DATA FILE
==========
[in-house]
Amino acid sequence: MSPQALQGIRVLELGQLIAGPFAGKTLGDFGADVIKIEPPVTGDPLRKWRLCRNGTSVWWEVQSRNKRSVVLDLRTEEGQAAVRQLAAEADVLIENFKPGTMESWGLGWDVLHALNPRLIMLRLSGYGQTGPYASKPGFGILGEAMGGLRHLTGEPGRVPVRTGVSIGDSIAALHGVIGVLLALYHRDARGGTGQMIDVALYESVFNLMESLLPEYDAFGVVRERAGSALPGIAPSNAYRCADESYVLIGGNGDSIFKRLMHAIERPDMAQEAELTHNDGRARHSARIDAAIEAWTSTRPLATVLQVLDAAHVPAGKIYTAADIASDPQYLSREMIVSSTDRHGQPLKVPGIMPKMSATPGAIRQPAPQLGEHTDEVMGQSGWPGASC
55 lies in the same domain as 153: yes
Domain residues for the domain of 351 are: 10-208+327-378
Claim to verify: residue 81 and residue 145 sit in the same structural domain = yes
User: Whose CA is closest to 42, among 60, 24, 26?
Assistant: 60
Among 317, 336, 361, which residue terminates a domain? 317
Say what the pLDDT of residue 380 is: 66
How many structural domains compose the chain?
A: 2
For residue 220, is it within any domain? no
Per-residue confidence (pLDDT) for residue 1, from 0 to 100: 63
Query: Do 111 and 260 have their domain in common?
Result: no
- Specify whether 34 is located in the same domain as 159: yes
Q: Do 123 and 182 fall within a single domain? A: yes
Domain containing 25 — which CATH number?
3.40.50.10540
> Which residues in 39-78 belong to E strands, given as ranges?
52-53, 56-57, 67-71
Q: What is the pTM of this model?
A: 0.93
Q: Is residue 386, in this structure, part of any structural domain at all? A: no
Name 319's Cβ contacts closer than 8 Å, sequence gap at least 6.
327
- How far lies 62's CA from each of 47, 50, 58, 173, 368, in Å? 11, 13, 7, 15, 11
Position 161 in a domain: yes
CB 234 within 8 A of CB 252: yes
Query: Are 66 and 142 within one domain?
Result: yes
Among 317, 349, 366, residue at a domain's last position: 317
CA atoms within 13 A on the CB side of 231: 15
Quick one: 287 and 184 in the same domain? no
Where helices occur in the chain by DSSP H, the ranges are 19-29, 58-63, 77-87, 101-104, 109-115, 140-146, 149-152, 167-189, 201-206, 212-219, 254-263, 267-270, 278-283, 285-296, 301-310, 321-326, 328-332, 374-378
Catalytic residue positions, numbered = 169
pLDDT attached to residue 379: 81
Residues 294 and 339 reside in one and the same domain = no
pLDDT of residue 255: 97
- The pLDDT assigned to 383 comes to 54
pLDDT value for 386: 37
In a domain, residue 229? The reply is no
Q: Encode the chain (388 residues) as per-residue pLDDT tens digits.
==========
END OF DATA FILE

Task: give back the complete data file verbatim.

[in-house]
Amino acid sequence: MSPQALQGIRVLELGQLIAGPFAGKTLGDFGADVIKIEPPVTGDPLRKWRLCRNGTSVWWEVQSRNKRSVVLDLRTEEGQAAVRQLAAEADVLIENFKPGTMESWGLGWDVLHALNPRLIMLRLSGYGQTGPYASKPGFGILGEAMGGLRHLTGEPGRVPVRTGVSIGDSIAALHGVIGVLLALYHRDARGGTGQMIDVALYESVFNLMESLLPEYDAFGVVRERAGSALPGIAPSNAYRCADESYVLIGGNGDSIFKRLMHAIERPDMAQEAELTHNDGRARHSARIDAAIEAWTSTRPLATVLQVLDAAHVPAGKIYTAADIASDPQYLSREMIVSSTDRHGQPLKVPGIMPKMSATPGAIRQPAPQLGEHTDEVMGQSGWPGASC
55 lies in the same domain as 153: yes
Domain residues for the domain of 351 are: 10-208+327-378
Claim to verify: residue 81 and residue 145 sit in the same structural domain = yes
User: Whose CA is closest to 42, among 60, 24, 26?
Assistant: 60
Among 317, 336, 361, which residue terminates a domain? 317
Say what the pLDDT of residue 380 is: 66
How many structural domains compose the chain?
A: 2
For residue 220, is it within any domain? no
Per-residue confidence (pLDDT) for residue 1, from 0 to 100: 63
Query: Do 111 and 260 have their domain in common?
Result: no
- Specify whether 34 is located in the same domain as 159: yes
Q: Do 123 and 182 fall within a single domain? A: yes
Domain containing 25 — which CATH number?
3.40.50.10540
> Which residues in 39-78 belong to E strands, given as ranges?
52-53, 56-57, 67-71
Q: What is the pTM of this model?
A: 0.93
Q: Is residue 386, in this structure, part of any structural domain at all? A: no
Name 319's Cβ contacts closer than 8 Å, sequence gap at least 6.
327
- How far lies 62's CA from each of 47, 50, 58, 173, 368, in Å? 11, 13, 7, 15, 11
Position 161 in a domain: yes
CB 234 within 8 A of CB 252: yes
Query: Are 66 and 142 within one domain?
Result: yes
Among 317, 349, 366, residue at a domain's last position: 317
CA atoms within 13 A on the CB side of 231: 15
Quick one: 287 and 184 in the same domain? no
Where helices occur in the chain by DSSP H, the ranges are 19-29, 58-63, 77-87, 101-104, 109-115, 140-146, 149-152, 167-189, 201-206, 212-219, 254-263, 267-270, 278-283, 285-296, 301-310, 321-326, 328-332, 374-378
Catalytic residue positions, numbered = 169
pLDDT attached to residue 379: 81
Residues 294 and 339 reside in one and the same domain = no
pLDDT of residue 255: 97
- The pLDDT assigned to 383 comes to 54
pLDDT value for 386: 37
In a domain, residue 229? The reply is no
Q: Encode the chain (388 residues) as per-residue pLDDT tens digits.